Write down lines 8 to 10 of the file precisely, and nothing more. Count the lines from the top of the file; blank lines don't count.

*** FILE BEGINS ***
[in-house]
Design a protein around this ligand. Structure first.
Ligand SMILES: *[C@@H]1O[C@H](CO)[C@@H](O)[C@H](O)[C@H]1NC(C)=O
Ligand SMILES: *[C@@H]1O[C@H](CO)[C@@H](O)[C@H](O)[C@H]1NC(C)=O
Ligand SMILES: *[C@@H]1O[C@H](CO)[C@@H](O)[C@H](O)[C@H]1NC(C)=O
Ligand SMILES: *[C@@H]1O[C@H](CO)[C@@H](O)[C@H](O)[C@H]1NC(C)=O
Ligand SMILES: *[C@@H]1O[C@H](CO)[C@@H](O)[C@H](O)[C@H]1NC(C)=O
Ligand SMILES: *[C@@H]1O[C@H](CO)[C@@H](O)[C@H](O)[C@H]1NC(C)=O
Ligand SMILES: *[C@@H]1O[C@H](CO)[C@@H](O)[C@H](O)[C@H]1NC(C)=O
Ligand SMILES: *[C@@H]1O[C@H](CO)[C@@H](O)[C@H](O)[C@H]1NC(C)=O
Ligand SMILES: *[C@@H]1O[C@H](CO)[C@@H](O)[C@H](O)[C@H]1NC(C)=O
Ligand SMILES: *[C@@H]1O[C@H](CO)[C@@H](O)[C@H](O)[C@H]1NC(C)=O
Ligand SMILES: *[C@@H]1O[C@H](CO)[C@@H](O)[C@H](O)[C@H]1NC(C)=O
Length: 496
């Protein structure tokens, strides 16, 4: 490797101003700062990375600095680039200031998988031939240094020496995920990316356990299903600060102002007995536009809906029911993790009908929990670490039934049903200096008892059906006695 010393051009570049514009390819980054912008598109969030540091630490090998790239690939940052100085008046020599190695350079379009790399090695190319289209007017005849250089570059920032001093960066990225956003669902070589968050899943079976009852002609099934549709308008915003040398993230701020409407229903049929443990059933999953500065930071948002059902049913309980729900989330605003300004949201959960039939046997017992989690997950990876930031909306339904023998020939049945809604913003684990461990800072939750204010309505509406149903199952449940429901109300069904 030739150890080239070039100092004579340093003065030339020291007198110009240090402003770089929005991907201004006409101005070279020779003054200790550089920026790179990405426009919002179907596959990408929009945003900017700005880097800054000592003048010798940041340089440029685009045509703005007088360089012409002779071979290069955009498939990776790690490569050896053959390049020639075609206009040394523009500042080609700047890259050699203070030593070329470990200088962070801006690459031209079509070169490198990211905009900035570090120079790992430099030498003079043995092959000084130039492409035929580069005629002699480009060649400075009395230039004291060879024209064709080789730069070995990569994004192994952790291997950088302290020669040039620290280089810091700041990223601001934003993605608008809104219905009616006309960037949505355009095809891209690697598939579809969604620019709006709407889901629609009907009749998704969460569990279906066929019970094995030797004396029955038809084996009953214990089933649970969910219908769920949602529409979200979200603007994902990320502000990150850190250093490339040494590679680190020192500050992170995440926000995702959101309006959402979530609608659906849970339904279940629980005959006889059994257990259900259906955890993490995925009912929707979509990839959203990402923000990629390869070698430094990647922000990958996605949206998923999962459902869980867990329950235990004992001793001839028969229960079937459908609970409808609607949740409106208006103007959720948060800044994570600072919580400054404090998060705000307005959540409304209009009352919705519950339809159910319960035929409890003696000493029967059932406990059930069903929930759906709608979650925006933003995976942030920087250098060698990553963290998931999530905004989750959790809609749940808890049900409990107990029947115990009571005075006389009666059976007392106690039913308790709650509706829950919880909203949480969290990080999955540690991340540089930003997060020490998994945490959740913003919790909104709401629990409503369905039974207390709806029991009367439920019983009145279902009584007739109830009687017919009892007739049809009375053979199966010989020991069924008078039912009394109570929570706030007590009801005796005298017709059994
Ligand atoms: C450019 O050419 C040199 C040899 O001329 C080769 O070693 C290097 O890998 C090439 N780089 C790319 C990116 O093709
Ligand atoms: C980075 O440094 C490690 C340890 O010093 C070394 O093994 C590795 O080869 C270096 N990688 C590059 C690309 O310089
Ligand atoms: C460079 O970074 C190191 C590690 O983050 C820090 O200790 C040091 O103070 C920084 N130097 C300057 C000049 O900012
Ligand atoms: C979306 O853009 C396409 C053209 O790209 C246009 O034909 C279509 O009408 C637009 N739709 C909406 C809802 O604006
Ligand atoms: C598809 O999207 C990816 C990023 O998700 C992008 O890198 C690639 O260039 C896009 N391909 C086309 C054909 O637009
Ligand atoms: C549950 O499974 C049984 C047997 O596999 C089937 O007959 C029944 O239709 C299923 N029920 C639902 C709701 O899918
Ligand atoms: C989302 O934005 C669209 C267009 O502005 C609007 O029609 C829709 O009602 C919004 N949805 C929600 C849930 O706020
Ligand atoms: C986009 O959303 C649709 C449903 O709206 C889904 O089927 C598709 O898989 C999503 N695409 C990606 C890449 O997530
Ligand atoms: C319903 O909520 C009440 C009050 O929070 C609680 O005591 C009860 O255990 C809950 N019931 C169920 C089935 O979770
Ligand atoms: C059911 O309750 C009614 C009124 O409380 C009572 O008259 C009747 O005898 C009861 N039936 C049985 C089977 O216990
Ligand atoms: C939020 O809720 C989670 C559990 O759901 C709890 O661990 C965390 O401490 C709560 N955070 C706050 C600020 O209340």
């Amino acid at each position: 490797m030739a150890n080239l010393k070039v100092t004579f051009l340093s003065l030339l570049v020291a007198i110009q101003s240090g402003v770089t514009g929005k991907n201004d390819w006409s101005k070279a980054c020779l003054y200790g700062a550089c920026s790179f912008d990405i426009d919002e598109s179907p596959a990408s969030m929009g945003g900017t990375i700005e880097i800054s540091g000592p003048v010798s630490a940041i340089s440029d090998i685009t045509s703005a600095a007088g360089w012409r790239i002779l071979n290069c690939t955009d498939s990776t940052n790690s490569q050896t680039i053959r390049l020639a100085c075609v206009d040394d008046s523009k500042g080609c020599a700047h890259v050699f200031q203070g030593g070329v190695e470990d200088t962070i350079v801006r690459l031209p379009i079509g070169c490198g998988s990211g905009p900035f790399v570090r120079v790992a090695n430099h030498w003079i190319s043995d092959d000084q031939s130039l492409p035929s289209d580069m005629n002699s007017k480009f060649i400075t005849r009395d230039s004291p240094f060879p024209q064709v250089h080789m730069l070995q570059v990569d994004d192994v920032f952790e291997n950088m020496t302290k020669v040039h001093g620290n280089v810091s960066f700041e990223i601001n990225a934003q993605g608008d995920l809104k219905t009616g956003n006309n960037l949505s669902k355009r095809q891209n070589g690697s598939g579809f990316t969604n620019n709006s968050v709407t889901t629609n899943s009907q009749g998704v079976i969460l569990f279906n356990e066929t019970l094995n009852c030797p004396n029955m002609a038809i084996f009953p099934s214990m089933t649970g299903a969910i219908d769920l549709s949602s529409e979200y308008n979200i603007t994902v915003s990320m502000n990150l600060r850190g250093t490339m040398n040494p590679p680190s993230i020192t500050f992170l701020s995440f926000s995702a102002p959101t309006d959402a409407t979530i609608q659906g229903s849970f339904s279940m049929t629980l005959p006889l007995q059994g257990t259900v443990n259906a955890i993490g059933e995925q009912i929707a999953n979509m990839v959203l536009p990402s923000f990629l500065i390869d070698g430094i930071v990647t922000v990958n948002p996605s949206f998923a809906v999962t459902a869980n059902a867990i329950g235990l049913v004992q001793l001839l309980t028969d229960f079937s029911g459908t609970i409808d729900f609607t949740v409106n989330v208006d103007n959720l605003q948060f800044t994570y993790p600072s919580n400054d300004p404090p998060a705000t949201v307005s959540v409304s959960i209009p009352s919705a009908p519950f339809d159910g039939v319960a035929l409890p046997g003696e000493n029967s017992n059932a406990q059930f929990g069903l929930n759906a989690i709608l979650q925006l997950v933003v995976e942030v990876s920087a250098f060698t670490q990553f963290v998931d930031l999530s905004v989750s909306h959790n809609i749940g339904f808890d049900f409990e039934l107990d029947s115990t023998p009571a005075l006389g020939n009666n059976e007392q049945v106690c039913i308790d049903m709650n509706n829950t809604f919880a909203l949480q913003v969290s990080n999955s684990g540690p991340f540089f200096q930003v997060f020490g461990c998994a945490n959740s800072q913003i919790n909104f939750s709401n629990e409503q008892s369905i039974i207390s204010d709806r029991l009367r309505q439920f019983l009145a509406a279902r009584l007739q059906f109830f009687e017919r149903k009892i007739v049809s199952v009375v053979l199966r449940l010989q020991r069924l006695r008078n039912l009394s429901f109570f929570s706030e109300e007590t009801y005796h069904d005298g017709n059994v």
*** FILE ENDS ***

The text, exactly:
Ligand SMILES: *[C@@H]1O[C@H](CO)[C@@H](O)[C@H](O)[C@H]1NC(C)=O
Ligand SMILES: *[C@@H]1O[C@H](CO)[C@@H](O)[C@H](O)[C@H]1NC(C)=O
Ligand SMILES: *[C@@H]1O[C@H](CO)[C@@H](O)[C@H](O)[C@H]1NC(C)=O